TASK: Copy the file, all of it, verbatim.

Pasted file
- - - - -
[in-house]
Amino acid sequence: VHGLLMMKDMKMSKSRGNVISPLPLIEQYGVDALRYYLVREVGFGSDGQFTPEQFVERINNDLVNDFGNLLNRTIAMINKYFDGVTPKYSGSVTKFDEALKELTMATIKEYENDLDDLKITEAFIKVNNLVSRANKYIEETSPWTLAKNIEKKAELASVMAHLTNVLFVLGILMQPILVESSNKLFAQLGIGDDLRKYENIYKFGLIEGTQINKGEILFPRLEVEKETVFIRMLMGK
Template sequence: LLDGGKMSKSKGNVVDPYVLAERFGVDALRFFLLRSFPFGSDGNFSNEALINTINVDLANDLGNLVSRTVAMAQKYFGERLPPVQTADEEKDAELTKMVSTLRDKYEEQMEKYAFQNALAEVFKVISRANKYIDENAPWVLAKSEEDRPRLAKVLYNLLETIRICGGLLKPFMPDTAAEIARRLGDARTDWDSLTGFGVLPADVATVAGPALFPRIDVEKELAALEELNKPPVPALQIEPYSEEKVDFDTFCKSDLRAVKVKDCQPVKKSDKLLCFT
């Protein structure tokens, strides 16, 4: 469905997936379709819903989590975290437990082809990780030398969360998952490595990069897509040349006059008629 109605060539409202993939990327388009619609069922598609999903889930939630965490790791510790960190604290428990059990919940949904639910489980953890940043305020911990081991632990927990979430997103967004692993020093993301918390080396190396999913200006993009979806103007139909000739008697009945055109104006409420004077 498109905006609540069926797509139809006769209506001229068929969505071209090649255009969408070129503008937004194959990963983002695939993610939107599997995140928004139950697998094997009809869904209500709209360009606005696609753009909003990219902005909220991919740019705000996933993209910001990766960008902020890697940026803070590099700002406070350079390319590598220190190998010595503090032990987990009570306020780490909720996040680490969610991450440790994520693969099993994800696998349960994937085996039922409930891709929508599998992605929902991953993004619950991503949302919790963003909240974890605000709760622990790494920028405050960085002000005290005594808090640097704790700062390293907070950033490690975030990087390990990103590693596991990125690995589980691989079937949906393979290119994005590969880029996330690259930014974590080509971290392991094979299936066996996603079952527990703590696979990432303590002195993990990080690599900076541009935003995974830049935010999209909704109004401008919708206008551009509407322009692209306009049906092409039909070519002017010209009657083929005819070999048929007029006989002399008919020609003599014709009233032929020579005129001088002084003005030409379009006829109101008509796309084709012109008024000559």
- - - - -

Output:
[in-house]
Amino acid sequence: VHGLLMMKDMKMSKSRGNVISPLPLIEQYGVDALRYYLVREVGFGSDGQFTPEQFVERINNDLVNDFGNLLNRTIAMINKYFDGVTPKYSGSVTKFDEALKELTMATIKEYENDLDDLKITEAFIKVNNLVSRANKYIEETSPWTLAKNIEKKAELASVMAHLTNVLFVLGILMQPILVESSNKLFAQLGIGDDLRKYENIYKFGLIEGTQINKGEILFPRLEVEKETVFIRMLMGK
Template sequence: LLDGGKMSKSKGNVVDPYVLAERFGVDALRFFLLRSFPFGSDGNFSNEALINTINVDLANDLGNLVSRTVAMAQKYFGERLPPVQTADEEKDAELTKMVSTLRDKYEEQMEKYAFQNALAEVFKVISRANKYIDENAPWVLAKSEEDRPRLAKVLYNLLETIRICGGLLKPFMPDTAAEIARRLGDARTDWDSLTGFGVLPADVATVAGPALFPRIDVEKELAALEELNKPPVPALQIEPYSEEKVDFDTFCKSDLRAVKVKDCQPVKKSDKLLCFT
């Protein structure tokens, strides 16, 4: 469905997936379709819903989590975290437990082809990780030398969360998952490595990069897509040349006059008629 109605060539409202993939990327388009619609069922598609999903889930939630965490790791510790960190604290428990059990919940949904639910489980953890940043305020911990081991632990927990979430997103967004692993020093993301918390080396190396999913200006993009979806103007139909000739008697009945055109104006409420004077 498109905006609540069926797509139809006769209506001229068929969505071209090649255009969408070129503008937004194959990963983002695939993610939107599997995140928004139950697998094997009809869904209500709209360009606005696609753009909003990219902005909220991919740019705000996933993209910001990766960008902020890697940026803070590099700002406070350079390319590598220190190998010595503090032990987990009570306020780490909720996040680490969610991450440790994520693969099993994800696998349960994937085996039922409930891709929508599998992605929902991953993004619950991503949302919790963003909240974890605000709760622990790494920028405050960085002000005290005594808090640097704790700062390293907070950033490690975030990087390990990103590693596991990125690995589980691989079937949906393979290119994005590969880029996330690259930014974590080509971290392991094979299936066996996603079952527990703590696979990432303590002195993990990080690599900076541009935003995974830049935010999209909704109004401008919708206008551009509407322009692209306009049906092409039909070519002017010209009657083929005819070999048929007029006989002399008919020609003599014709009233032929020579005129001088002084003005030409379009006829109101008509796309084709012109008024000559």